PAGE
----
Astronauts give thanks and preview their "traditional" space meal in a video greeting from the International Space Station just in time for Thanksgiving.
The two NASA astronauts, along with Japanese astronaut Kimiya Yui, will get the day off from their 250-mile-high (400 kilometers) research on Thursday, and will share their Thanksgiving meal with the others aboard the space station: Russian cosmonauts Mikhail Kornienko, Oleg Kononenko and Sergey Volkov. [Space Food Evolution: How Astronaut Chow Has Changed]
"We just wanted to wish you a very warm and happy Thanksgiving, " Lindgren said in the video greeting. "We are incredibly thankful for the opportunity to be up here on the International Space Station, working and living in this amazing orbiting laboratory — a physical manifestation of what is possible when the great countries of the world work together with communication, cooperation and collaboration towards peaceful means to perform research that benefits humanity back on the Earth."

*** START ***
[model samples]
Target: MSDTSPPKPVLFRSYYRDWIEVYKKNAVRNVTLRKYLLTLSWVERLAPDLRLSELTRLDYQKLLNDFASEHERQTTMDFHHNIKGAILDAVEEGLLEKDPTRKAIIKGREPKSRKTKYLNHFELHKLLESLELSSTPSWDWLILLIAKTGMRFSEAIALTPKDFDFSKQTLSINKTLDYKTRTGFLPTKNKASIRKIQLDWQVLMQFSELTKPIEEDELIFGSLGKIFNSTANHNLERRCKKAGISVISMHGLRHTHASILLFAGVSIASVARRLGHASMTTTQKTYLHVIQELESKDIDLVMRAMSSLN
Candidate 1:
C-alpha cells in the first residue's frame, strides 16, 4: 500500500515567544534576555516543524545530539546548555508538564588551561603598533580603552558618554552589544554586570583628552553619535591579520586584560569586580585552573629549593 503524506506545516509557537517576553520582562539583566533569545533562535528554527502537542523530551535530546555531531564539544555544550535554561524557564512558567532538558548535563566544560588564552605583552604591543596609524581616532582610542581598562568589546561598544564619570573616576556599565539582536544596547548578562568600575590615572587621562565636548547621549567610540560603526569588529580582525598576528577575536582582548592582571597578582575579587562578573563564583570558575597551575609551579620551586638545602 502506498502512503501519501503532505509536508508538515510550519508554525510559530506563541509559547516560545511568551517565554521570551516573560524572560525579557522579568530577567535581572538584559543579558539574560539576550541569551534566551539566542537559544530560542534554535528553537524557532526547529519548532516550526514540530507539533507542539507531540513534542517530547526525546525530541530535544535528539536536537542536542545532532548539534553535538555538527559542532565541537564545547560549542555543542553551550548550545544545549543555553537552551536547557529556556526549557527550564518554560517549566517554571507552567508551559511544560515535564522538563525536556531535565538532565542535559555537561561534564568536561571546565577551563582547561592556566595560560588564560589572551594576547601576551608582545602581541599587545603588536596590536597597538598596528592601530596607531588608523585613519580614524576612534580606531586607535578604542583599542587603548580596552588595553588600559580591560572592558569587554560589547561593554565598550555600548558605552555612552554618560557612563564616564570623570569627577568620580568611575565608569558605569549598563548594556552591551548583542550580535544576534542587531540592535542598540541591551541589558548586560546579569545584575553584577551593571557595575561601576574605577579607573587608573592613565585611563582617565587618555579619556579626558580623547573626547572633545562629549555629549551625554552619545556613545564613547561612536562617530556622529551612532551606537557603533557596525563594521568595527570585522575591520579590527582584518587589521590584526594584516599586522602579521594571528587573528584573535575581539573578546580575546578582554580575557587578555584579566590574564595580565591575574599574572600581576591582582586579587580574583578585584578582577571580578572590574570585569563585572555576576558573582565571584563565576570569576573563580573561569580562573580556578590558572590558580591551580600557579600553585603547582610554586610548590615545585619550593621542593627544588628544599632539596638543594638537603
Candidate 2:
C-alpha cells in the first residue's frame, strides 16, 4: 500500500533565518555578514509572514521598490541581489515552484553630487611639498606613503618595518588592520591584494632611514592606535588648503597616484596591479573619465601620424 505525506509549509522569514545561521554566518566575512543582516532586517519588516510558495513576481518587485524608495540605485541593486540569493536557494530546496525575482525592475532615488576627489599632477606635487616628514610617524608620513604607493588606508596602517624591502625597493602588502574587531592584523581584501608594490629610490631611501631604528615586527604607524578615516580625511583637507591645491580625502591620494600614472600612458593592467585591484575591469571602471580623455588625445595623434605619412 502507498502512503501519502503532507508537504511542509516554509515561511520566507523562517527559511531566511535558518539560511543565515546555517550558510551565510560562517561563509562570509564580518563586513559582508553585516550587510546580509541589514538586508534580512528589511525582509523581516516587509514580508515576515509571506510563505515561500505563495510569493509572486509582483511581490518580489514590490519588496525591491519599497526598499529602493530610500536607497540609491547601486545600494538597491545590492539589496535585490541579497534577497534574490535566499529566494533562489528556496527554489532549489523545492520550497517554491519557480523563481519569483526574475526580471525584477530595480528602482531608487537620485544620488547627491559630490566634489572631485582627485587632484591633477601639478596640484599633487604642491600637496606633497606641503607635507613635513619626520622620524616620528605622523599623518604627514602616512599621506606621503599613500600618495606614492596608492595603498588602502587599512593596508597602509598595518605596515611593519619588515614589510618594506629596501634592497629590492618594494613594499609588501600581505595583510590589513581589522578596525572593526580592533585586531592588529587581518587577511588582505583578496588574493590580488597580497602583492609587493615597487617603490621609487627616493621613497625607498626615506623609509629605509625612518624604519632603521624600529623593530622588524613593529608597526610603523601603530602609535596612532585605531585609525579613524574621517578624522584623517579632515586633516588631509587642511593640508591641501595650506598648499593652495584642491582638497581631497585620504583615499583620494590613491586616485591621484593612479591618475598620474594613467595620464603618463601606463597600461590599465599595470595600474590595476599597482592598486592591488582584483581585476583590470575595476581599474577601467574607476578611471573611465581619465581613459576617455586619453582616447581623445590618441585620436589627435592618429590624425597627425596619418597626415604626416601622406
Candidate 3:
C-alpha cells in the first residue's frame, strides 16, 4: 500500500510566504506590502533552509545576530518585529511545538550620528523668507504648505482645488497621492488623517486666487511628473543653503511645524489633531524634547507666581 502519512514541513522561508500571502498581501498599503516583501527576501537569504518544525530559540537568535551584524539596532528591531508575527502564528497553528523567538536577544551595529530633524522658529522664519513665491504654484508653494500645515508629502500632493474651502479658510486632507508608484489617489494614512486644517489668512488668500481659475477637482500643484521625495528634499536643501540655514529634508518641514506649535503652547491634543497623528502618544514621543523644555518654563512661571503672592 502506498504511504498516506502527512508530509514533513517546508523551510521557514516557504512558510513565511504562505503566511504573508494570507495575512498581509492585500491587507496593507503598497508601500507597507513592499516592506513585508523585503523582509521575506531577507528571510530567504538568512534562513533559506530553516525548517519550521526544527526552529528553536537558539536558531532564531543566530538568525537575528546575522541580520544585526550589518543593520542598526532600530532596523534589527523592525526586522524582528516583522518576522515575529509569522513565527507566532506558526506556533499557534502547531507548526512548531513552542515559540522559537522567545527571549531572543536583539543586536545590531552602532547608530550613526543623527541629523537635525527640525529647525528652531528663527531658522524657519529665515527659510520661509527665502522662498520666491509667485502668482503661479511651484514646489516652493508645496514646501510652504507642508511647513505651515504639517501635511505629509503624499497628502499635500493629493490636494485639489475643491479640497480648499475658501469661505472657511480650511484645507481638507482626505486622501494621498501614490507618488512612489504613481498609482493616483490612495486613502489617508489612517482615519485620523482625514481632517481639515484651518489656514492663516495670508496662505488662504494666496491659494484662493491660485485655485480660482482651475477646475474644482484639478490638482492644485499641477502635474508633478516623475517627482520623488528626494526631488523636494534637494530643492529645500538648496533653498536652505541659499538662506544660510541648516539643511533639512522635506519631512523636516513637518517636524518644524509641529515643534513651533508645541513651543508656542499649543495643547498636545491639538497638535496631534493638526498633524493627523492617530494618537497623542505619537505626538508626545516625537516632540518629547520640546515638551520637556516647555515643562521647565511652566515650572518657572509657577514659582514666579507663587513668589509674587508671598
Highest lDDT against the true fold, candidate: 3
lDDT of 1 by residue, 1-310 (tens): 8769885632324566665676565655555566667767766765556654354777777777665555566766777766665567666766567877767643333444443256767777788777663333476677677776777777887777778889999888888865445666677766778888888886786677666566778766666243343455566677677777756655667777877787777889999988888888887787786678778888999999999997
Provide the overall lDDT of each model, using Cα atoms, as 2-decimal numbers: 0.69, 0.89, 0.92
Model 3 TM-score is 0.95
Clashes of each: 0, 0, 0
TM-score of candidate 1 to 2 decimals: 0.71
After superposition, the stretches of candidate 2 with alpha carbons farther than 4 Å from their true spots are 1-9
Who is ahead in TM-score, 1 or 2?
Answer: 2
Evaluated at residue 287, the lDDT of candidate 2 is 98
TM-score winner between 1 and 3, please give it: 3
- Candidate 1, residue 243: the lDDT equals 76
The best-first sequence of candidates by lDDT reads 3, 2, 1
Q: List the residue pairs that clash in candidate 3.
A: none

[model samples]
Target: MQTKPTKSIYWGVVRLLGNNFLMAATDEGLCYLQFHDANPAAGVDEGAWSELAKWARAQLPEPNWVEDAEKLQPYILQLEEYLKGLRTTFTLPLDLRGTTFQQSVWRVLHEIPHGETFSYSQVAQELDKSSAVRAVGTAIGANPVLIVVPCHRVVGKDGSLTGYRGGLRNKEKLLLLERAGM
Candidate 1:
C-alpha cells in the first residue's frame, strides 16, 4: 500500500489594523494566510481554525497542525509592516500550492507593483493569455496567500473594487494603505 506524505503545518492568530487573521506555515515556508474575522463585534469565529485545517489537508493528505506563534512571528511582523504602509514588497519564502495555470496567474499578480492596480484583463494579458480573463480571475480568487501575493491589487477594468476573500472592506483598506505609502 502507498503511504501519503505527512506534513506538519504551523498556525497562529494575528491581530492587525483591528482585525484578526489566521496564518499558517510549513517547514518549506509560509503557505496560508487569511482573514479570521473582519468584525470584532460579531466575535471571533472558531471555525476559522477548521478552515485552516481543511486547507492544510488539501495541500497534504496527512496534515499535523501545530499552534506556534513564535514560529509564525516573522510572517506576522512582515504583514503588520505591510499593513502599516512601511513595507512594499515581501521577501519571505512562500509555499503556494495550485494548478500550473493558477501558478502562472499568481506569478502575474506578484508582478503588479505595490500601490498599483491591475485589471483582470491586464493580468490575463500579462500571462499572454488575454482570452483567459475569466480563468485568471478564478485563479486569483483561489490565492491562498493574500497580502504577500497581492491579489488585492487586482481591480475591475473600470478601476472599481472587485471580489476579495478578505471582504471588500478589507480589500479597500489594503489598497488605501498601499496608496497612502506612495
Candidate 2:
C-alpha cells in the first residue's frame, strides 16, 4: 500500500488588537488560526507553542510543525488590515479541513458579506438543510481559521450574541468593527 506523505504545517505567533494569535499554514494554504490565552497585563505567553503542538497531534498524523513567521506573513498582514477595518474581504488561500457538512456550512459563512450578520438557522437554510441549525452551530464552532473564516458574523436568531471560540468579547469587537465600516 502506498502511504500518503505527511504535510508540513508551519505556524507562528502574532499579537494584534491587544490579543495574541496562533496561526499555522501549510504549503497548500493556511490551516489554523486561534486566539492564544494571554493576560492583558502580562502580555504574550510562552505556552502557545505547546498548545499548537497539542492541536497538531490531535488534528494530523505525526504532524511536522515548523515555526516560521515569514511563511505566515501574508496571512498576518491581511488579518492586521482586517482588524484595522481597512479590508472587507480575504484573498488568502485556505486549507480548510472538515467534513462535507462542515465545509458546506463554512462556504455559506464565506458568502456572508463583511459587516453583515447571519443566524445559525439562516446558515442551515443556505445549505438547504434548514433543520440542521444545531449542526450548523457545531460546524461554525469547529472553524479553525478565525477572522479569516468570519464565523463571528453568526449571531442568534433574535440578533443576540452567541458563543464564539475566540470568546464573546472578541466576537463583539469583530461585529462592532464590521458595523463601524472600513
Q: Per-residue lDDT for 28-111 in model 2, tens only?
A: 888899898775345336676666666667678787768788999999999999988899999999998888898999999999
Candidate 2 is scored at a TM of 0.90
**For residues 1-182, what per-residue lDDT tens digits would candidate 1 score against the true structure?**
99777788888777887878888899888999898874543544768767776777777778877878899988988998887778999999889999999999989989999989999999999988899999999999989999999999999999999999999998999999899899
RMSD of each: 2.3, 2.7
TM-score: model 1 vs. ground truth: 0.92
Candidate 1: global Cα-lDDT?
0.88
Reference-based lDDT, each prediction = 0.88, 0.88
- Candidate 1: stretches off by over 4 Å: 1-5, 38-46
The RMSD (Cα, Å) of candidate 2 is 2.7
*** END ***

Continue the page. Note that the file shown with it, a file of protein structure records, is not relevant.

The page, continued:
He was also thankful for the "thousands, if not tens of thousands, " of people working from the ground to keep the astronauts safe as they work in orbit, as well as for his family, whom he will get to see when he returns to Earth in late December.
Kelly added his own thanks, as well: "Being on the space station here and looking down at our incredibly beautiful planet gives us a different perspective on what it means to be citizens of planet Earth, " he said. "Since I've been up here, we've seen so many bad things that often happen down there — we follow that on the news — and it just makes me really thankful to live in a country like the United States that provides us with freedom and opportunity."
For their day off Thursday, the astronauts will relax and catch some football in the late afternoon — traditionally, although the Russian cosmonauts don't share their day off, they'll all gather for the Thanksgiving meal together.
The first Thanksgiving in space was aboard the U.S. Skylab space station in 1973, and the first on the International Space Station was in 2000. NASA spokesman Dan Huot told Space.com that the meal has remained relatively consistent from year to year over the lifetime of the International Space Station — it just happens that the smoked turkey, candied yams, rehydrated corn and potatoes au gratin have been available for space from the very beginning.